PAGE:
For example, some students may need special arrangements for coming into school at the beginning of the day, so that this process is not overwhelming. Perhaps they need a specific teacher to meet them at the gate and take them to learning support, from where they can be supported to attend lessons.
Other children need particular adaptations in lessons. Others still need a quiet place they can go to, when feeling overwhelmed.
How flexible is the high school?
6. Know That Good High Schools Come in All Shapes and Sizes
In the last fifteen years, I have got to hear about several hundred schools, through talking to families in my clinical work. My advice is to consider a wide range.
Just because a school is small, it does not mean it is nurturing.
Just because a school is large, does not mean it is inflexible.
It often depends on the headteacher’s philosophy.
State schools can sometimes meet children’s individual needs equally well, or better, than some private schools. Some children thrive in a comprehensive school with an ARP (additional resource provision for children with special educational needs) or specialist learning support, whereas other children are better served by a super-specialist school (such as a school specifically for children with dyslexia, or autism).
7. High School Transition: Help Your Highly Sensitive Child Work Through their Worries Well in Advance
Your child may not realise that many of their worries are shared by other children their age.
When your child is feeling calm and positive, gently encourage them to talk through their worries about becoming a high school student. You can also use this opportunity to ask them what they are excited about.
I find that car journeys are great for these types of discussions, because it’s not a “formal” sit-down chat and no direct eye contact is required. This takes the pressure off.
The following video by the Anna Freud centre is great for sharing with children who are worried about the transition.
Moving a Highly Sensitive Child From One High School to Another
You may feel that your child has fallen between the cracks in their current high school and isn’t getting enough support.
Perhaps you feel that your child has been misunderstood by their school.
Maybe you are thinking: Putting my child into another new situation will be difficult for them, but will it be better in the long run?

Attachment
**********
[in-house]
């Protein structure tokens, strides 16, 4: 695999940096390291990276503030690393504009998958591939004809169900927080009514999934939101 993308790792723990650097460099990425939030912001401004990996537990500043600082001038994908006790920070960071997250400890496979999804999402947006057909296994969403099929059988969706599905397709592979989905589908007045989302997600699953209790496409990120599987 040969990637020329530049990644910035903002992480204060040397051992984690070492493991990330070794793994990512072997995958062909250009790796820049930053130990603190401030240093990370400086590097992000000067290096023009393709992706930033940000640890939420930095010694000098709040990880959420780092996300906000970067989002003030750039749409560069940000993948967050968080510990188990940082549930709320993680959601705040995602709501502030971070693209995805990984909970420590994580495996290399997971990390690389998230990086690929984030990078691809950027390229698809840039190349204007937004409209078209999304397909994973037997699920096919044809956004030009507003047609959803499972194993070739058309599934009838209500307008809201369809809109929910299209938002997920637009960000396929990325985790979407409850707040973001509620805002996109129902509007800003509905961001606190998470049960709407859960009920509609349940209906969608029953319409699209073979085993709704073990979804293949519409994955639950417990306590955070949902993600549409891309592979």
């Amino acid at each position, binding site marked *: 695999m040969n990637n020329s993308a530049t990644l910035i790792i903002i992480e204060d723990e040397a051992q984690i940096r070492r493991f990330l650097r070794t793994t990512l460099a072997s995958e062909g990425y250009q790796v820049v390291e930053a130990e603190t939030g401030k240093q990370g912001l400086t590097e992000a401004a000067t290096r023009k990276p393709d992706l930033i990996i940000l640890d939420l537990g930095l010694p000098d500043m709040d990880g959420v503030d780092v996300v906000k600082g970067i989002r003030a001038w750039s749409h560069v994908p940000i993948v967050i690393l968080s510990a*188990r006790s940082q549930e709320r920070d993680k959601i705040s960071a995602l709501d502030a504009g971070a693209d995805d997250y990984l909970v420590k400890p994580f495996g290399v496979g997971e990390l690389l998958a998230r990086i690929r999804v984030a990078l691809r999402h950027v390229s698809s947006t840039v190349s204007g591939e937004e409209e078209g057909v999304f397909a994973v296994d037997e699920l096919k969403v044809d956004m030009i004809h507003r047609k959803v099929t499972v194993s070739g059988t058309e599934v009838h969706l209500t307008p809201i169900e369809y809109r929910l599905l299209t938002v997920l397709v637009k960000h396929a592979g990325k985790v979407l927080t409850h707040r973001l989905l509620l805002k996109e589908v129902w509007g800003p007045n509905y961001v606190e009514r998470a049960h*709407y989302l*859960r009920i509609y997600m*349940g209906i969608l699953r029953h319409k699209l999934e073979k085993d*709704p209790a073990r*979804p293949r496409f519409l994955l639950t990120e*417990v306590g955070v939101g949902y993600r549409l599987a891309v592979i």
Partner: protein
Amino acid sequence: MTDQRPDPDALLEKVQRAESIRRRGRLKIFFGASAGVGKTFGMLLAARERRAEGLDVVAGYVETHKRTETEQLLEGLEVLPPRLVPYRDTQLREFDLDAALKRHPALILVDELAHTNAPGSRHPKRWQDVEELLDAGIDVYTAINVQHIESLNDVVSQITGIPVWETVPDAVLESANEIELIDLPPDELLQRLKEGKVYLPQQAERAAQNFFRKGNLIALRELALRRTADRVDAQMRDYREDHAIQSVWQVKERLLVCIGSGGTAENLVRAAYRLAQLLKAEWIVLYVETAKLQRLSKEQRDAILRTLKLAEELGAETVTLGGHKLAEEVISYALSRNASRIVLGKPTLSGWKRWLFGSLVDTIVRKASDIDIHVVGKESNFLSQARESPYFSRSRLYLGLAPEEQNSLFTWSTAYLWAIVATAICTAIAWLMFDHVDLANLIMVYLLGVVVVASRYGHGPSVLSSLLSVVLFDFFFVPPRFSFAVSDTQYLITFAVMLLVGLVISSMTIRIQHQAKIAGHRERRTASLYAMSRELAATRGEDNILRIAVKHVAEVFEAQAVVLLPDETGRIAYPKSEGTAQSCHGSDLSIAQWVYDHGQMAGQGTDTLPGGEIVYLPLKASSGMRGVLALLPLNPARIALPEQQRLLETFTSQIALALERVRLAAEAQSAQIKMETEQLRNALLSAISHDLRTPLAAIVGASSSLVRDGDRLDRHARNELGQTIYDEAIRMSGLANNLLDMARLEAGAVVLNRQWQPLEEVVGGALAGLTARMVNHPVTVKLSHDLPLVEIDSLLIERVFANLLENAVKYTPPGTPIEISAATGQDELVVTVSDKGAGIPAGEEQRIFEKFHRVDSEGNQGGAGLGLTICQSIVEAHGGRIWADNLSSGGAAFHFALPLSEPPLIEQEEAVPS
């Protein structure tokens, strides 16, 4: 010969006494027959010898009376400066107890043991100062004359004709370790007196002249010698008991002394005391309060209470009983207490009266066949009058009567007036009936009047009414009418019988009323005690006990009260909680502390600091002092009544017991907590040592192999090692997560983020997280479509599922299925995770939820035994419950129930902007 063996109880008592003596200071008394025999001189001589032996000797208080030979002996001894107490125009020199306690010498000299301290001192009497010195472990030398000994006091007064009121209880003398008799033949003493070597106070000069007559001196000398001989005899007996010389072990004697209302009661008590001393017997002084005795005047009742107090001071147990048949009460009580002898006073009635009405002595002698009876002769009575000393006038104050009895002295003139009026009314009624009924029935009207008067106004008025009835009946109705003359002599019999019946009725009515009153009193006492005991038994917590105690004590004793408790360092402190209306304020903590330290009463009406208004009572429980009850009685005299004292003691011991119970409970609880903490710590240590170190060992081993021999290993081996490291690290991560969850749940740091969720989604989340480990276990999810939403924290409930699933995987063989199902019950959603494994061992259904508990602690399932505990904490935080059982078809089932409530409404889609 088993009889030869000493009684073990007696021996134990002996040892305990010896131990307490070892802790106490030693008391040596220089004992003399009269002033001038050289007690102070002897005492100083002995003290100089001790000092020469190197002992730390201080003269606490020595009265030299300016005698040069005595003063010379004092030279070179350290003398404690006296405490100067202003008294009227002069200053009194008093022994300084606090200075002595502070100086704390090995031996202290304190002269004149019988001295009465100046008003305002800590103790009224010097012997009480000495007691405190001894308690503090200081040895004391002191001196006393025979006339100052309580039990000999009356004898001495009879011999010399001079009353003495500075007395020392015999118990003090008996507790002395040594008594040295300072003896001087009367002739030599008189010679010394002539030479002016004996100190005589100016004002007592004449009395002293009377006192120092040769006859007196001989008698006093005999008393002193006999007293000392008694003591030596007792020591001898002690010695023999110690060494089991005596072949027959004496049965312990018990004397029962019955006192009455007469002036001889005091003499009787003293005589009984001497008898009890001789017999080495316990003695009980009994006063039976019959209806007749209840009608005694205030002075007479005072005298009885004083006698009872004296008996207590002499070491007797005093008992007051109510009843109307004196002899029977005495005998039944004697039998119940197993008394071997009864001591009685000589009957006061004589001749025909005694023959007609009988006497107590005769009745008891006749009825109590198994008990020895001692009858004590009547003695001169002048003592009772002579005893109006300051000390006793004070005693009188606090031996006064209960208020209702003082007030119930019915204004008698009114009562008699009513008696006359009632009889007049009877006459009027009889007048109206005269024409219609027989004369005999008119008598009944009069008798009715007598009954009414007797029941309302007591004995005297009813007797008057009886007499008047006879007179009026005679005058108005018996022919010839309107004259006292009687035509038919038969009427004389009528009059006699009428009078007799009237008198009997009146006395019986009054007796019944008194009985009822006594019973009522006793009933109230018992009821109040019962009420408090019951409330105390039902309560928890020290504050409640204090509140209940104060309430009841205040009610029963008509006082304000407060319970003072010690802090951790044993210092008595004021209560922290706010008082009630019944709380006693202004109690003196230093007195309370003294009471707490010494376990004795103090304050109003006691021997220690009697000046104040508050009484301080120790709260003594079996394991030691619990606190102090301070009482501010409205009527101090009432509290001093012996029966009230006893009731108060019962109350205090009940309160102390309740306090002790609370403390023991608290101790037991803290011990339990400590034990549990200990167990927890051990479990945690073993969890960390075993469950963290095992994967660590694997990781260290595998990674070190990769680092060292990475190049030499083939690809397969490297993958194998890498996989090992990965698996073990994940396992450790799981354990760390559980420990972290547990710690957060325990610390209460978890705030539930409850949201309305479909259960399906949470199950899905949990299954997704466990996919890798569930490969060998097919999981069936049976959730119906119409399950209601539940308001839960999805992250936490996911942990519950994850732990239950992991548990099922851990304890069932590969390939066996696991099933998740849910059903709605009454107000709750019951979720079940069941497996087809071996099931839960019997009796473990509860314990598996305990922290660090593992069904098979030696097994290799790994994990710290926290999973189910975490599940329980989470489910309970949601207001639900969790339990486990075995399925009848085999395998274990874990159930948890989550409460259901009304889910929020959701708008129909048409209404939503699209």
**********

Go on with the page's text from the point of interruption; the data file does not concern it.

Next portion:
First of all, be brave and request a meeting with a senior member of staff at the school, such as the Head of Year.
List all your concerns. Give the school a chance to demonstrate the qualities I have talked about, such as nurturing and flexibility to children’s individual needs.
After a few weeks, ask yourself: Do I feel supported? If the answer is no, it may be time to consider alternatives.
Finding The Best High School For Your Highly Sensitive Child: Summary
Going to high school need not be traumatic for your highly sensitive child. However, it can be a harsh environment if your child is more of a camellia than a primrose (!) and is given the wrong soil to grow in.
Plan ahead and communicate well with your child’s potential or existing school, so your child receives the understanding and support they need.
It’s vital to find a school that supports your child’s emotional needs as well as their academic progress.
If your child has already started secondary school and they are not flourishing, make sure you communicate all your concerns clearly and try to find a positive resolution.
However, for some children, transferring to a new school is the best option for their emotional wellbeing.
Dr Lucy Russell is a UK clinical psychologist who works with children and families. Her work involves both therapeutic support and autism assessments. She is the Clinical Director of Everlief Child Psychology, and also worked in the National Health Service for many years.
In 2019 Lucy launched They Are The Future, a support website for parents of school-aged children. Through TATF Lucy is passionate about giving practical, manageable strategies to parents and children who may otherwise struggle to find the support they need.
Lucy is a mum to two teenage children. She lives in Buckinghamshire with her husband, children, rescue dog and three rescue cats. She enjoys caravanning and outdoor living, singing and musical theatre.
Join They Are The Future’s free Facebook group for regular tips on supporting teens and pre-teens with their mental health! Join the group: Parent Tips for Positive Child Mental Health UK.